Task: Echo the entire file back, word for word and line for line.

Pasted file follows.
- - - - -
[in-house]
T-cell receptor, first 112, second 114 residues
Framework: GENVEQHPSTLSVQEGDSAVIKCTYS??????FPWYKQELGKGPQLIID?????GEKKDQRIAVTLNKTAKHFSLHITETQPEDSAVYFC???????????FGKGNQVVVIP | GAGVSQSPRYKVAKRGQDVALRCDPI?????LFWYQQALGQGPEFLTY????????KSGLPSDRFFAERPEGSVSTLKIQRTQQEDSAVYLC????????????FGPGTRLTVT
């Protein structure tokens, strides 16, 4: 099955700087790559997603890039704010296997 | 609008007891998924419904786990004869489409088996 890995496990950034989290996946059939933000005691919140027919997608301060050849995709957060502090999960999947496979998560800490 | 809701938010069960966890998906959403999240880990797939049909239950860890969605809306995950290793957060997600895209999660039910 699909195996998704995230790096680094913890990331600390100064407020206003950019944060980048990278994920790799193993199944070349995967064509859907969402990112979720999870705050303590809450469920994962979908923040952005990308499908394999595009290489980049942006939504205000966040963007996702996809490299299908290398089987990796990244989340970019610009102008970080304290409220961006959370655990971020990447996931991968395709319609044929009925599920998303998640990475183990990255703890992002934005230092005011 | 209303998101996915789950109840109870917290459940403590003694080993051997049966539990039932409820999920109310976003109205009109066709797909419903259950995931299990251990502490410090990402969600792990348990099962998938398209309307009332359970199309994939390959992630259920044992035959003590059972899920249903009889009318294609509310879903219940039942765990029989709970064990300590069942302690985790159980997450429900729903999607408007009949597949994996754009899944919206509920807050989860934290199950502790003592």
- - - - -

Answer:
[in-house]
T-cell receptor, first 112, second 114 residues
Framework: GENVEQHPSTLSVQEGDSAVIKCTYS??????FPWYKQELGKGPQLIID?????GEKKDQRIAVTLNKTAKHFSLHITETQPEDSAVYFC???????????FGKGNQVVVIP | GAGVSQSPRYKVAKRGQDVALRCDPI?????LFWYQQALGQGPEFLTY????????KSGLPSDRFFAERPEGSVSTLKIQRTQQEDSAVYLC????????????FGPGTRLTVT
């Protein structure tokens, strides 16, 4: 099955700087790559997603890039704010296997 | 609008007891998924419904786990004869489409088996 890995496990950034989290996946059939933000005691919140027919997608301060050849995709957060502090999960999947496979998560800490 | 809701938010069960966890998906959403999240880990797939049909239950860890969605809306995950290793957060997600895209999660039910 699909195996998704995230790096680094913890990331600390100064407020206003950019944060980048990278994920790799193993199944070349995967064509859907969402990112979720999870705050303590809450469920994962979908923040952005990308499908394999595009290489980049942006939504205000966040963007996702996809490299299908290398089987990796990244989340970019610009102008970080304290409220961006959370655990971020990447996931991968395709319609044929009925599920998303998640990475183990990255703890992002934005230092005011 | 209303998101996915789950109840109870917290459940403590003694080993051997049966539990039932409820999920109310976003109205009109066709797909419903259950995931299990251990502490410090990402969600792990348990099962998938398209309307009332359970199309994939390959992630259920044992035959003590059972899920249903009889009318294609509310879903219940039942765990029989709970064990300590069942302690985790159980997450429900729903999607408007009949597949994996754009899944919206509920807050989860934290199950502790003592």